Antiviral Advance: Drug disables enzyme from hepatitis C virus

It’s odd to think that anyone would look upon a person infected with the AIDS virus with even a tinge of envy, but some of the estimated 170 million people worldwide infected with hepatitis C virus (HCV) may do just that. Whereas AIDS researchers have developed powerful drugs, including protease inhibitors, that target specific HIV proteins, physicians typically treat HCV with less effective, general antiviral medications, such as interferon and ribavirin.

At least three drug companies have now identified compounds that inactivate a key HCV protease in cell cultures and animals. As reported in an upcoming Nature, one of the protease inhibitors has even slowed HCV replication in people, without any obvious side effects. That human trial was only a few days long, however, and questions remain about whether the particular protease inhibitor tested is safe for long-term use.

The potential new HCV drugs all bind to the viral protease known as nonstructural protein 3 (NS3). In order for HCV to reproduce, NS3 must split large viral proteins into smaller, functional fragments, says Paul C. Anderson of the drug company Boehringer Ingelheim in Laval, Quebec. The same protease may also interfere with the body’s ability to respond to interferon, a compound that normally stimulates the immune system. As a result, NS3 may enable the virus to hide out in the body for years, while slowly causing liver damage.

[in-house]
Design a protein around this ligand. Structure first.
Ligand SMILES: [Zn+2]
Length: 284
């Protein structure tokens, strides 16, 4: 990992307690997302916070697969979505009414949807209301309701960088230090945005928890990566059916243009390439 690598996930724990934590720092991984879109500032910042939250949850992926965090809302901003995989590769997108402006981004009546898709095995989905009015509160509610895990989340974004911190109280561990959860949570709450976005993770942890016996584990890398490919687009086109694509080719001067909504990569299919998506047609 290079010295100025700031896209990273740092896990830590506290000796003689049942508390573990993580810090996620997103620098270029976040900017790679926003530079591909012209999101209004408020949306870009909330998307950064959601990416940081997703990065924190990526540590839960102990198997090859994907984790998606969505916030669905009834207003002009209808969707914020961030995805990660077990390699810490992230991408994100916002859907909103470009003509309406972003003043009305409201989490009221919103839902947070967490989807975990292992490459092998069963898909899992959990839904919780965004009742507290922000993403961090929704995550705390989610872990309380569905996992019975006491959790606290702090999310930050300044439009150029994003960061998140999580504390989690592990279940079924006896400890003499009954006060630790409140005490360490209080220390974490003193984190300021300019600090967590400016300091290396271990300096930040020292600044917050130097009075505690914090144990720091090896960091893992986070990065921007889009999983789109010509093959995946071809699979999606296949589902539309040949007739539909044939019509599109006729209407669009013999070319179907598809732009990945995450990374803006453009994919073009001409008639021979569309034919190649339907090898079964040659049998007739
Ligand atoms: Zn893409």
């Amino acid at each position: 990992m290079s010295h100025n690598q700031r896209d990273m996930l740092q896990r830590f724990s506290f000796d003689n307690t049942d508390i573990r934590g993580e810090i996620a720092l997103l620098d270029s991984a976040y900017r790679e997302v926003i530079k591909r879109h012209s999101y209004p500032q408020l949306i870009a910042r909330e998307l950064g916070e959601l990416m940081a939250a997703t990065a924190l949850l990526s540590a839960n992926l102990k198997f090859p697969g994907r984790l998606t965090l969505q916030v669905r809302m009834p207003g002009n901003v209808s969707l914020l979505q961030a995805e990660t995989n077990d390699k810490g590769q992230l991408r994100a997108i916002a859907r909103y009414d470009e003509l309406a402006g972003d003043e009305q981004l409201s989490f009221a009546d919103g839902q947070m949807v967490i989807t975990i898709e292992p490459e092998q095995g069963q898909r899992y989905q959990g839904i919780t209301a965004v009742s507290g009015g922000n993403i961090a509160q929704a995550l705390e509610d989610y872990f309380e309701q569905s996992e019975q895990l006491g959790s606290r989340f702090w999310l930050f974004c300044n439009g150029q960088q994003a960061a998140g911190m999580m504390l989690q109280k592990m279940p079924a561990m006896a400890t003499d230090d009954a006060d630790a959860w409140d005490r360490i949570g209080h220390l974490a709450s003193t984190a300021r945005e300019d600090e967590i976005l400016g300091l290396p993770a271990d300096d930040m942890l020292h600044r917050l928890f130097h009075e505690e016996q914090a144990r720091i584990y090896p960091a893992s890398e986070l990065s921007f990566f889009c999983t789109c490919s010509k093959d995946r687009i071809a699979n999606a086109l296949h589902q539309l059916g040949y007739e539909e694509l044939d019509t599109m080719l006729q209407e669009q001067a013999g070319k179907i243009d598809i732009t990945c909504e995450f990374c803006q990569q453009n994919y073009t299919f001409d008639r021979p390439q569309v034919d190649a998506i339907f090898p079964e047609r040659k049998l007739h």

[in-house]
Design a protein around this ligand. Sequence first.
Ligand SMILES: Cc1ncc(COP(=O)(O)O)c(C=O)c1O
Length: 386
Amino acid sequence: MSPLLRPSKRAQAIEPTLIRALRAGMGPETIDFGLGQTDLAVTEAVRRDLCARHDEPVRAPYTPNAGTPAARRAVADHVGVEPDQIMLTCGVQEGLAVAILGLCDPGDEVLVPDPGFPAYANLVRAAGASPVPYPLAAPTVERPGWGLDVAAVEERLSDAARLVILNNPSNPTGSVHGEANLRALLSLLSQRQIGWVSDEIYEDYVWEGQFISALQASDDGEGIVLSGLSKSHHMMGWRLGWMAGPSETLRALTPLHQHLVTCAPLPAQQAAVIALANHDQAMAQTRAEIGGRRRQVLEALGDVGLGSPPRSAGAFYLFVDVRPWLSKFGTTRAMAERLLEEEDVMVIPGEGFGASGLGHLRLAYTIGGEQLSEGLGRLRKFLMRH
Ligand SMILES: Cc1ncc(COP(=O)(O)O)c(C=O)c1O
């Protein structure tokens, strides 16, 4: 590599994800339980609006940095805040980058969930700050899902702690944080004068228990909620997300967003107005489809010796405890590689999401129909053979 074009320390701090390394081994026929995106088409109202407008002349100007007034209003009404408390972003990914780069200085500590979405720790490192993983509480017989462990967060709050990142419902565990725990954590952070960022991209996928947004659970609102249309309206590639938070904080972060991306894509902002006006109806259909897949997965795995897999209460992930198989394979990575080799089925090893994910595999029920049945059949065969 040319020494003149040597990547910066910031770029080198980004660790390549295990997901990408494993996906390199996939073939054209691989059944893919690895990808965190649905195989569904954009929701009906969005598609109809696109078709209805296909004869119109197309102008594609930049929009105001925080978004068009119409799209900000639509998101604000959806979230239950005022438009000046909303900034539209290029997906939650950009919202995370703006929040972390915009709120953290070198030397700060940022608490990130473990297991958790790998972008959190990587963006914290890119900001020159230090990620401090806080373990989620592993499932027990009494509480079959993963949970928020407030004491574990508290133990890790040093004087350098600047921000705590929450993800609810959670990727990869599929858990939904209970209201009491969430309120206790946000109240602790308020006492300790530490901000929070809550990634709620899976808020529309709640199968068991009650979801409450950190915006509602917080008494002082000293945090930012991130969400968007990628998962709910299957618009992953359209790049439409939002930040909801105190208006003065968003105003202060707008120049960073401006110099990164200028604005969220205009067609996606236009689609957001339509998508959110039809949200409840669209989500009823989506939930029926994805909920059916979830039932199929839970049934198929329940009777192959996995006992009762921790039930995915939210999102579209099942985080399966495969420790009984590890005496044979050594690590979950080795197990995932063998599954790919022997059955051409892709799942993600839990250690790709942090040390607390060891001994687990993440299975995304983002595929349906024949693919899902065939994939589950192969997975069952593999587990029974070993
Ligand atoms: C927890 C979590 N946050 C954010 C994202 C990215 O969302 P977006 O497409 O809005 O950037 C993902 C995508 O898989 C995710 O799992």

Researchers at Boehringer Ingelheim recently designed an oral drug that inhibits NS3. The compound, known as BILN 2061, sailed through initial tests in cells and animals. When given twice a day for 2 days to volunteers infected with HCV but still healthy, the compound dramatically reduced the presence of the virus in the volunteers’ bloodstreams, Anderson and his colleagues will report in Nature. At scientific meetings, the company has reported similar results in infected people with liver damage.

Despite this success, Boehringer Ingelheim hasn’t yet committed to larger trials of BILN 2061. Anderson acknowledges that the drug has caused some heart damage in monkeys when given to them at high doses over long periods. Even so, he stresses, “we have not dropped this compound.” The company is now consulting with outside experts about how to proceed with further testing of BILN 2061.

At a liver-disease meeting in Boston this week, scientists from two other drug companies described initial cell and animal tests of their own NS3 inhibitors. One of the firms, Vertex Pharmaceuticals in Cambridge, Mass., plans to begin testing its drug candidate in people early next year, according to a spokesperson.

“I think targeted therapy will work,” says HCV researcher T. Jake Liang of the National Institute of Diabetes and Digestive and Kidney Diseases in Bethesda, Md. “I’m certainly optimistic we will have something in 5 years.”


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